Potential ICE deportations may be thwarted by new legal filing

LOWER MANHATTAN -- ICE, the Immigration and Customs Enforcement agency, has said that it's set to start rounding up undocumented people throughout the Tri-state, possibly starting this weekend, and deport them.

However, a significant development on Thursday aims to prevent that development.

Early Thursday afternoon, the New York Civil Liberties Union filed a lawsuit against ICE, as well as against the Department Homeland Security Department, which has jurisdiction over ICE, and the U.S. Attorney General.

The 27-page filing aims to blunt deportations that ICE has said it would carry out in 10 major metropolitan areas, including the New York City region, the largest metro area in the country, of course.

For that reason, their legal action was filed in federal court here.

"We chose to file it in New York," said Donna Lieberman, executive director of the NYCLU, where "who knows how many hundreds of thousands of families will be impacted,” she said.

The filing argues that undocumented people cannot be rounded up and shipped off without one key, legally guaranteed action.

"This lawsuit seeks to ensure that anyone who's rounded up by ICE gets their day in court," Lieberman said in an interview with PIX11 News.

It does not necessarily mean that people can't be rounded up. However, if a judge sides with the lawsuit, it would mean that people can't get deported without a court hearing. Plaintiffs believe that it could make ICE think twice before trying to arrest undocumented people.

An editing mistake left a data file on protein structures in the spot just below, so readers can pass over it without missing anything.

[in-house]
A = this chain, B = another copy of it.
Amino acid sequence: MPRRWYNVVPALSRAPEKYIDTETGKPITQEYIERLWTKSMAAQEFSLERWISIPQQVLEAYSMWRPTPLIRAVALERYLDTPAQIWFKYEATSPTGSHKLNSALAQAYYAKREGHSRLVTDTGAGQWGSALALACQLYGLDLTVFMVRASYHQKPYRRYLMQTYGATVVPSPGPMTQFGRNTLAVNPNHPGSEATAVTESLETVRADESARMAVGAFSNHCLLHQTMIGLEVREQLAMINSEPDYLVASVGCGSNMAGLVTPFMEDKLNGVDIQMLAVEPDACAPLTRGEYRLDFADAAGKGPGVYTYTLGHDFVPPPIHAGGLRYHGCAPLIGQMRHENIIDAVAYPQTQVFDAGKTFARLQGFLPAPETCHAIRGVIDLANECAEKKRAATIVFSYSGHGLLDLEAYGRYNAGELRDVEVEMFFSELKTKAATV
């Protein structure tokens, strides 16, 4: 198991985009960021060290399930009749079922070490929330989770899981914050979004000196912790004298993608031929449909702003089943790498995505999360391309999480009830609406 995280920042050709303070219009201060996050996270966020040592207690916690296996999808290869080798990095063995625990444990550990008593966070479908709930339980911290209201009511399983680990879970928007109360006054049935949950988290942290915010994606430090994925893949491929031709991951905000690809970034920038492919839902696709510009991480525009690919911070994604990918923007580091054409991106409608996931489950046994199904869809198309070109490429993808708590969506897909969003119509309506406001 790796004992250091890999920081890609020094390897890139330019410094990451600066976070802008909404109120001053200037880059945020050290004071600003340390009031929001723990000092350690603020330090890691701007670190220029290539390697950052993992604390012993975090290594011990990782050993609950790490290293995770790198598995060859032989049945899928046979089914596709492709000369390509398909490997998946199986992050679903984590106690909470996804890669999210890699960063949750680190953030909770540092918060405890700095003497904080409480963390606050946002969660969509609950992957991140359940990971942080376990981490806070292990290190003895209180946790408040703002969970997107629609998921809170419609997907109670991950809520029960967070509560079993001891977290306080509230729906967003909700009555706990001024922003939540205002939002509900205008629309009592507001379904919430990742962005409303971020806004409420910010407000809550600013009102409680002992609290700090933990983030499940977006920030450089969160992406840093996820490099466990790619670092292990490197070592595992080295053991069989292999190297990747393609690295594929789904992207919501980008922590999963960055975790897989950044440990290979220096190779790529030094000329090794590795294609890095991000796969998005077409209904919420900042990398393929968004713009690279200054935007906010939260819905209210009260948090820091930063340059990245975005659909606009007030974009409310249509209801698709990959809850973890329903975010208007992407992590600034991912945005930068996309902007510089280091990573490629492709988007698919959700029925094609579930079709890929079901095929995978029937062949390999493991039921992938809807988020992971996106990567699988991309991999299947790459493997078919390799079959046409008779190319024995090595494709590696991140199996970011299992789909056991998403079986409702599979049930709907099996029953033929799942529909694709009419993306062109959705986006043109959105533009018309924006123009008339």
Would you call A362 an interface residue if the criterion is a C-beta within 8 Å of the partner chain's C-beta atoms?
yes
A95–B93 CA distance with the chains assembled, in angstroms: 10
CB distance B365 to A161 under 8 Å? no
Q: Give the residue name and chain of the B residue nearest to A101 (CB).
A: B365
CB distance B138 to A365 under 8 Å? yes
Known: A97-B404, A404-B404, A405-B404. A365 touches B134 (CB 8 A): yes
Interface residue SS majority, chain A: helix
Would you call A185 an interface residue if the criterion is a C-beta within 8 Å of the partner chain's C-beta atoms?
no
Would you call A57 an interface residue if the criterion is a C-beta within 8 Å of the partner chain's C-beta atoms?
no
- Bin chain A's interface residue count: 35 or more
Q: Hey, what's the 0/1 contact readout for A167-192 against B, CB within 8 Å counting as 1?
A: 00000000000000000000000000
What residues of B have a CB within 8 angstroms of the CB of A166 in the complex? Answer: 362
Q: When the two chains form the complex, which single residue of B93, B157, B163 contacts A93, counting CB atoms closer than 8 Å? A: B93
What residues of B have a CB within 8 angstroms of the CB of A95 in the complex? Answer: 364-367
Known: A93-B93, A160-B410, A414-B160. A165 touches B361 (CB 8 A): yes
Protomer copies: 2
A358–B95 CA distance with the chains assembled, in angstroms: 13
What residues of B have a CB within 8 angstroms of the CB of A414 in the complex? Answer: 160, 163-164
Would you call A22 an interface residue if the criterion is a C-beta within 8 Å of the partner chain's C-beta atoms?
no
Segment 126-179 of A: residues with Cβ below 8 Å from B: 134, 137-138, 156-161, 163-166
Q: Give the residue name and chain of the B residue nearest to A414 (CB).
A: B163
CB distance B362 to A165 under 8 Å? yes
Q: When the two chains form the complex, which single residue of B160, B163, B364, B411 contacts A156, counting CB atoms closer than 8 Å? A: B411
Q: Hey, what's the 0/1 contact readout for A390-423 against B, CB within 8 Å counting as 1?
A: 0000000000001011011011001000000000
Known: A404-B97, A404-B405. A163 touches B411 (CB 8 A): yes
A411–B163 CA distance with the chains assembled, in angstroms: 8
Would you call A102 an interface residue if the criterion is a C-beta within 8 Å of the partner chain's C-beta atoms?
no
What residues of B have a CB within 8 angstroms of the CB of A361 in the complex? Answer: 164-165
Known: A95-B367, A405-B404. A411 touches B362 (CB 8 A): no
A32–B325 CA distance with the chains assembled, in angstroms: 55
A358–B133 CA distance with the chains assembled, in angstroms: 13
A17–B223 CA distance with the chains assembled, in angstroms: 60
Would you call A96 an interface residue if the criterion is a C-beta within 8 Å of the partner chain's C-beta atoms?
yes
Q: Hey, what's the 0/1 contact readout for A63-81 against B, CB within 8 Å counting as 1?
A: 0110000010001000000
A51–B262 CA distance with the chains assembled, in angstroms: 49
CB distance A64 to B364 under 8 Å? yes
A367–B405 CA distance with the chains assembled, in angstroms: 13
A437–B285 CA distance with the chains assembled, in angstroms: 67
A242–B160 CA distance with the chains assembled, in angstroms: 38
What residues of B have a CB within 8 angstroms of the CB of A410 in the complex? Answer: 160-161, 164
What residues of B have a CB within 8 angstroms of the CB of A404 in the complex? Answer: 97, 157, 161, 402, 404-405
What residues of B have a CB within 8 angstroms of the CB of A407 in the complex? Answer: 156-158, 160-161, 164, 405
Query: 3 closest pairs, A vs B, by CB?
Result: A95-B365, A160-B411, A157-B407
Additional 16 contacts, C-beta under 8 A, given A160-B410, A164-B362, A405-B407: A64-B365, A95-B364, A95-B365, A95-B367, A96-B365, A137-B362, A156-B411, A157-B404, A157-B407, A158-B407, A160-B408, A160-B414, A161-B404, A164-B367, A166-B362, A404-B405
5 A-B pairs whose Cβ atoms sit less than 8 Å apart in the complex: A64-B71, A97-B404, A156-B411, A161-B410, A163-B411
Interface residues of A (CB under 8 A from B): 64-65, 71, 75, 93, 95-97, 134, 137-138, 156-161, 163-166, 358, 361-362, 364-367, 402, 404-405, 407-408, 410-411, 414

"They're fleeing societies where you don't get your day in court," Lieberman said.  "America is supposed to be the place where you get your day in court, and that's what the lawsuit is about."

Also on Friday afternoon, President Donald Trump and Attorney General William Barr made statements in The White House Rose Garden, at which there had been speculation that one or both of them would comment about potential deportations.

The Rose Garden appearance focused solely on the administration's choosing to drop its pursuit of a question about citizenship on the U.S. census, a topic that’s also seen as a potential effort to reduce immigration.  No statements were made at the White House appearance about ICE's potential actions this coming weekend.

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